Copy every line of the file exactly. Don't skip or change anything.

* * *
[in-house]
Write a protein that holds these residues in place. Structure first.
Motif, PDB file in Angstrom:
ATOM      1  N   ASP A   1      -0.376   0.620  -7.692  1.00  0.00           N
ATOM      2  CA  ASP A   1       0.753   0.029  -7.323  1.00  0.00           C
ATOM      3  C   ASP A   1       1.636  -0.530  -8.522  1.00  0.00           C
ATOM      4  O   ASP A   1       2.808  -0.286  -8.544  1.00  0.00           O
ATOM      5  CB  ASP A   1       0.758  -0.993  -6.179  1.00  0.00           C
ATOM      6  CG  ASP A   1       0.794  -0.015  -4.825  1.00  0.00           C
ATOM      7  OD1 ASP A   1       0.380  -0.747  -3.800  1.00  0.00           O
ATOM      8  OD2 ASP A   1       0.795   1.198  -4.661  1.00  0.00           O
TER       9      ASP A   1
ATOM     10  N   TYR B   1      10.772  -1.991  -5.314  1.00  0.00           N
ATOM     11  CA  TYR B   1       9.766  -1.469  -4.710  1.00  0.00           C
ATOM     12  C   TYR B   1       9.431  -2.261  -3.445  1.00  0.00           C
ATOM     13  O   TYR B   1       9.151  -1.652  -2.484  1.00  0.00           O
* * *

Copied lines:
[in-house]
Write a protein that holds these residues in place. Structure first.
Motif, PDB file in Angstrom:
ATOM      1  N   ASP A   1      -0.376   0.620  -7.692  1.00  0.00           N
ATOM      2  CA  ASP A   1       0.753   0.029  -7.323  1.00  0.00           C
ATOM      3  C   ASP A   1       1.636  -0.530  -8.522  1.00  0.00           C
ATOM      4  O   ASP A   1       2.808  -0.286  -8.544  1.00  0.00           O
ATOM      5  CB  ASP A   1       0.758  -0.993  -6.179  1.00  0.00           C
ATOM      6  CG  ASP A   1       0.794  -0.015  -4.825  1.00  0.00           C
ATOM      7  OD1 ASP A   1       0.380  -0.747  -3.800  1.00  0.00           O
ATOM      8  OD2 ASP A   1       0.795   1.198  -4.661  1.00  0.00           O
TER       9      ASP A   1
ATOM     10  N   TYR B   1      10.772  -1.991  -5.314  1.00  0.00           N
ATOM     11  CA  TYR B   1       9.766  -1.469  -4.710  1.00  0.00           C
ATOM     12  C   TYR B   1       9.431  -2.261  -3.445  1.00  0.00           C
ATOM     13  O   TYR B   1       9.151  -1.652  -2.484  1.00  0.00           O